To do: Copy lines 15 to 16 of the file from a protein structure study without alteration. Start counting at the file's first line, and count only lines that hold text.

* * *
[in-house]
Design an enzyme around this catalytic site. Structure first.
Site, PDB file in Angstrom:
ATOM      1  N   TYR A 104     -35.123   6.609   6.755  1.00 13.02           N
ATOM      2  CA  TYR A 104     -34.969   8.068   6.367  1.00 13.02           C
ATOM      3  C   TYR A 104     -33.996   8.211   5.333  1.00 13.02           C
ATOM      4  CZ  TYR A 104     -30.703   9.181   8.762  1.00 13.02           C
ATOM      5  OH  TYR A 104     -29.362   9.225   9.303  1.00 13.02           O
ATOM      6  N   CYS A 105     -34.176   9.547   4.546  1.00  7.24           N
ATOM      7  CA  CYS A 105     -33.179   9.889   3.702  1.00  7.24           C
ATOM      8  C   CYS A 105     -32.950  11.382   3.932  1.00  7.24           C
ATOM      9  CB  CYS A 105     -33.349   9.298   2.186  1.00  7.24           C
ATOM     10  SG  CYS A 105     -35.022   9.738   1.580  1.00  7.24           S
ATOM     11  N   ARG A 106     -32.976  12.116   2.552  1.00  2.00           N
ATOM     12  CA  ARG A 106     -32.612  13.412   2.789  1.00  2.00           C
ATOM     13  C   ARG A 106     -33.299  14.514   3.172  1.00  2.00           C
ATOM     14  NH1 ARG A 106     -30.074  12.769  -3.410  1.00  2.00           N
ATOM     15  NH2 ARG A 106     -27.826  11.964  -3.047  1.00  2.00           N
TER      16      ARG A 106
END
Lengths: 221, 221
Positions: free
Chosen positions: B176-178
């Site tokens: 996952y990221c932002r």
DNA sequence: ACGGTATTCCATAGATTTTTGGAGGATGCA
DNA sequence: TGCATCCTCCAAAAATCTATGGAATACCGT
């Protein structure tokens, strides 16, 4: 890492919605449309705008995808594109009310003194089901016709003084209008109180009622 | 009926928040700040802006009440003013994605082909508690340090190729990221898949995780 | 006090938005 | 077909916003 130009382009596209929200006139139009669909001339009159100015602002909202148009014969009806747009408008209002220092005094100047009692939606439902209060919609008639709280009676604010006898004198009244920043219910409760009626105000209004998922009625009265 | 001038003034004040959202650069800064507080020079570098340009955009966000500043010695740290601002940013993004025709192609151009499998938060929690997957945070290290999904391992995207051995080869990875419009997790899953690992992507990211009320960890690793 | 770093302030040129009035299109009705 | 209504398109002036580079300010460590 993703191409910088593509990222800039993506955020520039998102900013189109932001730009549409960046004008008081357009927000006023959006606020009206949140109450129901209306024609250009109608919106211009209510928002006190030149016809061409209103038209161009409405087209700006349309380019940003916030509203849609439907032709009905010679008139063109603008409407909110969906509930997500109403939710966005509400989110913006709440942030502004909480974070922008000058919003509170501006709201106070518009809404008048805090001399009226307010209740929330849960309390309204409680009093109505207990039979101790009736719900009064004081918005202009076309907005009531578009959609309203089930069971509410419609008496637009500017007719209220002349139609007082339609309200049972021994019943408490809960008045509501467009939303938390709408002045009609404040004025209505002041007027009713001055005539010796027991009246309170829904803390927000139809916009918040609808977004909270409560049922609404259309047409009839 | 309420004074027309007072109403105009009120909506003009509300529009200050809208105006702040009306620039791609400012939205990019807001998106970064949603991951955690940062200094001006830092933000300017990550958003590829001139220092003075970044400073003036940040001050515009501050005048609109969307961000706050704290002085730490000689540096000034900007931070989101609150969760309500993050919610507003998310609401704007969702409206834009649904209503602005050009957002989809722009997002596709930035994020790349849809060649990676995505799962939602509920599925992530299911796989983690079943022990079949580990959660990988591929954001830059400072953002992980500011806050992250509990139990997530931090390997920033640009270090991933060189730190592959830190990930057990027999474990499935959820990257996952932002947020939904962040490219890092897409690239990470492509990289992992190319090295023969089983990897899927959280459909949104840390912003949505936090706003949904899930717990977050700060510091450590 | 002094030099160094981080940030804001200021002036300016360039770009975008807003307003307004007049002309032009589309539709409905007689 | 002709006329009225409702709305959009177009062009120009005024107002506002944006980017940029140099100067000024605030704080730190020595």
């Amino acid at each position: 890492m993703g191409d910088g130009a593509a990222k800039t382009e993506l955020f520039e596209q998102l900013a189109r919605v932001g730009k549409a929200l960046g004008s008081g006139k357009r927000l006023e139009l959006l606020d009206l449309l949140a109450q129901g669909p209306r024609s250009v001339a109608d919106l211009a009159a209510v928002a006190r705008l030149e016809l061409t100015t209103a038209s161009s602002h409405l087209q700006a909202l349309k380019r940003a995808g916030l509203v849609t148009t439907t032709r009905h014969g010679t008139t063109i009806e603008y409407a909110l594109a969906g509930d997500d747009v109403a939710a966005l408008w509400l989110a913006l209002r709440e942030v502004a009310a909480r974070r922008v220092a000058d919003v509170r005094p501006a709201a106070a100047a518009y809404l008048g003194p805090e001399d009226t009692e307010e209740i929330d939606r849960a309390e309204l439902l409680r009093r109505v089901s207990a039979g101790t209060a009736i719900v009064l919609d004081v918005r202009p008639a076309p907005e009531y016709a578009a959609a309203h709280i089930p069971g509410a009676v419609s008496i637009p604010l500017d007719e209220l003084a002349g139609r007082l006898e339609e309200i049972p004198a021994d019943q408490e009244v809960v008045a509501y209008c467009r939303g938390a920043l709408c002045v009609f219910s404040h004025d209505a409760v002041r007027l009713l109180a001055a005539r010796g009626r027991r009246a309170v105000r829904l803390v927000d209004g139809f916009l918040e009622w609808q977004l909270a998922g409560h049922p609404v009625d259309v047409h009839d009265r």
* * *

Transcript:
ATOM     12  CA  ARG A 106     -32.612  13.412   2.789  1.00  2.00           C
ATOM     13  C   ARG A 106     -33.299  14.514   3.172  1.00  2.00           C